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Toward quantitative proteomics of organ substructures: implications for renal physiology


Velic, A; Macek, B; Wagner, C A (2010). Toward quantitative proteomics of organ substructures: implications for renal physiology. Seminars in Nephrology, 30(5):487-499.

Abstract

Organs are complex structures that consist of multiple tissues with different levels of gene expression. To achieve comprehensive coverage and accurate quantitation data, organs ideally should be separated into morphologic and/or functional substructures before gene or protein expression analysis. However, because of complex morphology and elaborate isolation protocols, to date this often has been difficult to achieve. Kidneys are organs in which functional and morphologic subdivision is especially important. Each subunit of the kidney, the nephron, consists of more than 10 subsegments with distinct morphologic and functional characteristics. For a full understanding of kidney physiology, global gene and protein expression analyses have to be performed at the level of the nephron subsegments; however, such studies have been extremely rare to date. Here we describe the latest approaches in quantitative high-accuracy mass spectrometry-based proteomics and their application to quantitative proteomics studies of the whole kidney and nephron subsegments, both in human beings and in animal models. We compare these studies with similar studies performed on other organ substructures. We argue that the newest technologies used for preparation, processing, and measurement of small amounts of starting material are finally enabling global and subsegment-specific quantitative measurement of protein levels in the kidney and other organs. These new technologies and approaches are making a decisive impact on our understanding of the (patho)physiological processes at the molecular level.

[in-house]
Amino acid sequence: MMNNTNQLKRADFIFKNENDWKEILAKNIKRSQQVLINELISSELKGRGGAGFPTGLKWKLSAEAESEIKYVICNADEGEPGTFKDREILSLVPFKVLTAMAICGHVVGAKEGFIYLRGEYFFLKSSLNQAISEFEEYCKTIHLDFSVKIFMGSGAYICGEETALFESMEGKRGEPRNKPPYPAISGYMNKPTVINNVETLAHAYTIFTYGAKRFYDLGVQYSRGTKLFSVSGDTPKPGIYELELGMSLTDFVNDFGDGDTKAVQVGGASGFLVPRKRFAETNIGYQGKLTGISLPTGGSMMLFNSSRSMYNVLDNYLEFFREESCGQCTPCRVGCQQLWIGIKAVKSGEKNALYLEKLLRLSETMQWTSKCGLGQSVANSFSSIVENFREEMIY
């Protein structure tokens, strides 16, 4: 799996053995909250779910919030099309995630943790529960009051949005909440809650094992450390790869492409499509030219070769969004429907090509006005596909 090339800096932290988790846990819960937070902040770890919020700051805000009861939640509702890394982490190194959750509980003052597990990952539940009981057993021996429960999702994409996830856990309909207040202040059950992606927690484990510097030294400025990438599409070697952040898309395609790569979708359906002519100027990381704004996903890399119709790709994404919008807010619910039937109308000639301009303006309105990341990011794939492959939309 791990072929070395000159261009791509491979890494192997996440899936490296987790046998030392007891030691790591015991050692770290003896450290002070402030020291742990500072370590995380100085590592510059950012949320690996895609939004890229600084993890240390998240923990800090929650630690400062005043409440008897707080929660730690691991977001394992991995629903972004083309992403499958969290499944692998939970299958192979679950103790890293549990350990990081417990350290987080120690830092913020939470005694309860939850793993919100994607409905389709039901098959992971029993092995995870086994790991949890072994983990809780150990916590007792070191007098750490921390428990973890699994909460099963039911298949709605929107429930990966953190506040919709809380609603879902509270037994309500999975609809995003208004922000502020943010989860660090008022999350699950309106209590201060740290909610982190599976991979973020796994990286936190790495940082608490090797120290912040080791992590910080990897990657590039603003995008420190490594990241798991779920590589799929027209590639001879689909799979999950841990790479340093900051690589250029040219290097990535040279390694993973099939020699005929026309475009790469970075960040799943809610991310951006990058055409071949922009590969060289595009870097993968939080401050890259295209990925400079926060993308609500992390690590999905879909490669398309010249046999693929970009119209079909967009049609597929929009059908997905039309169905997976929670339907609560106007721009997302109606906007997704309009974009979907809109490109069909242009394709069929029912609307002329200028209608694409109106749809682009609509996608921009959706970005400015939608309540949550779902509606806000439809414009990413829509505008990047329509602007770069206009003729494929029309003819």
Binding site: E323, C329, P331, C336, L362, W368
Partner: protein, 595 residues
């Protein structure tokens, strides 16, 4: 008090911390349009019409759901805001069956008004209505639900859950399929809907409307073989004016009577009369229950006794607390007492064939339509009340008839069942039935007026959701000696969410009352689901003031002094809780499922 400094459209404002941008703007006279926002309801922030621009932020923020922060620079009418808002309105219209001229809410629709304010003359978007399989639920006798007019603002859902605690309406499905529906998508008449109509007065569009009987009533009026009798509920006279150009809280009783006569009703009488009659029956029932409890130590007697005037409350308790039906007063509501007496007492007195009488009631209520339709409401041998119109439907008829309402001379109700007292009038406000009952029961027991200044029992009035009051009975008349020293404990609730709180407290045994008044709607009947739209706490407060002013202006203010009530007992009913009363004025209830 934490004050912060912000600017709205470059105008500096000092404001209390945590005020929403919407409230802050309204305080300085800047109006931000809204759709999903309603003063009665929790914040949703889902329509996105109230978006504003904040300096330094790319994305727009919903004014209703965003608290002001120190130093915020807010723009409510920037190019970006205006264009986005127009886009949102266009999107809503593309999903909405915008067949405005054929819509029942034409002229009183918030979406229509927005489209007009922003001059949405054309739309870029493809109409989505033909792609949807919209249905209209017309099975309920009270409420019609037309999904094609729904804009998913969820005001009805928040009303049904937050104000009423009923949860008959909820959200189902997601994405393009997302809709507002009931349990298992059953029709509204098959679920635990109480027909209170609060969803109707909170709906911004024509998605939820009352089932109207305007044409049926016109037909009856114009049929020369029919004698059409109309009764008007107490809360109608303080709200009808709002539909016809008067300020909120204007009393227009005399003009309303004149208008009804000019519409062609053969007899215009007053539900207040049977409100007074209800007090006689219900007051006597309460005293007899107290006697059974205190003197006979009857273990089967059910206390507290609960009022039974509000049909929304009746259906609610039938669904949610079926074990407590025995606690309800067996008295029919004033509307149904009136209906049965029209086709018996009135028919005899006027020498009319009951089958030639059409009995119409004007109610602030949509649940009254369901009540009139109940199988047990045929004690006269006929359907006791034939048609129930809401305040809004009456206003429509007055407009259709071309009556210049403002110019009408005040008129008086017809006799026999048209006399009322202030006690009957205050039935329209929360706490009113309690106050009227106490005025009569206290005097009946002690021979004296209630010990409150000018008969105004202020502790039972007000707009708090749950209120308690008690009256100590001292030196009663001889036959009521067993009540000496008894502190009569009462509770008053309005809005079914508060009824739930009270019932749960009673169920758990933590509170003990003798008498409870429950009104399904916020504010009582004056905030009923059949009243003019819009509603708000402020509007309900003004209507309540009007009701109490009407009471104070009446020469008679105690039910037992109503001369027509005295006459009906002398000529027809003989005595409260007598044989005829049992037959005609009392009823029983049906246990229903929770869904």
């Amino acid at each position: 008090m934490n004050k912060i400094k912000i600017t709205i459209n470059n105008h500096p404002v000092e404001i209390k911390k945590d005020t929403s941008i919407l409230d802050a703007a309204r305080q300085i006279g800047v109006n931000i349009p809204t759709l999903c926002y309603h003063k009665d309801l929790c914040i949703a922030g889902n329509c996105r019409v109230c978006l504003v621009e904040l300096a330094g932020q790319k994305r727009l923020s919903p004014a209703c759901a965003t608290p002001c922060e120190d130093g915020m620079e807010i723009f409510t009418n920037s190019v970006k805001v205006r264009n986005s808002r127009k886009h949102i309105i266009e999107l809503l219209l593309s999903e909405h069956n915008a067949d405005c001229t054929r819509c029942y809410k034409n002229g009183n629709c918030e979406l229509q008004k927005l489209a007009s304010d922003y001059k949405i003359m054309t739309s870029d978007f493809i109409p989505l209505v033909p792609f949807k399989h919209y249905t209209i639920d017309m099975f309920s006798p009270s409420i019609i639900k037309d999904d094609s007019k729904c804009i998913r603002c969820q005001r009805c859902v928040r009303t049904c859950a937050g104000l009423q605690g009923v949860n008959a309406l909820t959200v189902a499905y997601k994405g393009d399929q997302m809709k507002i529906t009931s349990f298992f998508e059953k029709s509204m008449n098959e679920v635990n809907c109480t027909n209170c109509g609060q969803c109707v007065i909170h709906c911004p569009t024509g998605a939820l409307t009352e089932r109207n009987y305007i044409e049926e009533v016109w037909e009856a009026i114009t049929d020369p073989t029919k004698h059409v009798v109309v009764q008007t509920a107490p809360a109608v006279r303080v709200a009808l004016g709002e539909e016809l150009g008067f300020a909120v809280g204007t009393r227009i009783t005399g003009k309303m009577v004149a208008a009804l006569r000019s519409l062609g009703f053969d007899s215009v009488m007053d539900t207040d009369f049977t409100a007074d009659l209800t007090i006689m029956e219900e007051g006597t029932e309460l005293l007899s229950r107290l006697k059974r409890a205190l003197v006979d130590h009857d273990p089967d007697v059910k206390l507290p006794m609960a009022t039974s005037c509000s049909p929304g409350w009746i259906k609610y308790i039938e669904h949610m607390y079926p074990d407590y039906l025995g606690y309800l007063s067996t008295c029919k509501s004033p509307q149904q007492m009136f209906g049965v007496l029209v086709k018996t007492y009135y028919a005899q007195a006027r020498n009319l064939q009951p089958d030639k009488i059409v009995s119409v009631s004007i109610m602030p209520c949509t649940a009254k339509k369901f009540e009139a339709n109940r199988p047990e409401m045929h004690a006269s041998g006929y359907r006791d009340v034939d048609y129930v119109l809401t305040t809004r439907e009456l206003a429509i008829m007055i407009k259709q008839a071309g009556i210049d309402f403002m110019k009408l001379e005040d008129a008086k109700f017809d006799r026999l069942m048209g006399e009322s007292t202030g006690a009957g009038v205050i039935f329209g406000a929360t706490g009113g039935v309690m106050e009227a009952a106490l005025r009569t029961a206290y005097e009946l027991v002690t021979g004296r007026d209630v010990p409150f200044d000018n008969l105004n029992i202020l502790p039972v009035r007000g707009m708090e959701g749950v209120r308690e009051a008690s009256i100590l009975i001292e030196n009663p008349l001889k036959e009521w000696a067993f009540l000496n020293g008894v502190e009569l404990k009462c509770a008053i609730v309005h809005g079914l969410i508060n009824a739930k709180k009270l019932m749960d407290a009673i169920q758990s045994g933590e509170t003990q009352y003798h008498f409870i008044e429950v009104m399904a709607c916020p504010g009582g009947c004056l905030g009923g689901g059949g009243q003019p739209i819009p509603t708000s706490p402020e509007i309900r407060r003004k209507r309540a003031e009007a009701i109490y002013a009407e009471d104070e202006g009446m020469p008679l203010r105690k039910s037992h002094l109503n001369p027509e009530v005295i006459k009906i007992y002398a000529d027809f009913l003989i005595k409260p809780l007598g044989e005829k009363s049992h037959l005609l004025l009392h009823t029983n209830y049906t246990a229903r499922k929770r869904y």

Abstract

Organs are complex structures that consist of multiple tissues with different levels of gene expression. To achieve comprehensive coverage and accurate quantitation data, organs ideally should be separated into morphologic and/or functional substructures before gene or protein expression analysis. However, because of complex morphology and elaborate isolation protocols, to date this often has been difficult to achieve. Kidneys are organs in which functional and morphologic subdivision is especially important. Each subunit of the kidney, the nephron, consists of more than 10 subsegments with distinct morphologic and functional characteristics. For a full understanding of kidney physiology, global gene and protein expression analyses have to be performed at the level of the nephron subsegments; however, such studies have been extremely rare to date. Here we describe the latest approaches in quantitative high-accuracy mass spectrometry-based proteomics and their application to quantitative proteomics studies of the whole kidney and nephron subsegments, both in human beings and in animal models. We compare these studies with similar studies performed on other organ substructures. We argue that the newest technologies used for preparation, processing, and measurement of small amounts of starting material are finally enabling global and subsegment-specific quantitative measurement of protein levels in the kidney and other organs. These new technologies and approaches are making a decisive impact on our understanding of the (patho)physiological processes at the molecular level.

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Additional indexing

Item Type:Journal Article, refereed, further contribution
Communities & Collections:04 Faculty of Medicine > Institute of Physiology
07 Faculty of Science > Institute of Physiology
Dewey Decimal Classification:570 Life sciences; biology
Language:English
Date:2010
Deposited On:17 Jan 2011 13:01
Last Modified:07 Dec 2017 04:23
Publisher:Elsevier
ISSN:0270-9295
Publisher DOI:https://doi.org/10.1016/j.semnephrol.2010.07.006
PubMed ID:21044760

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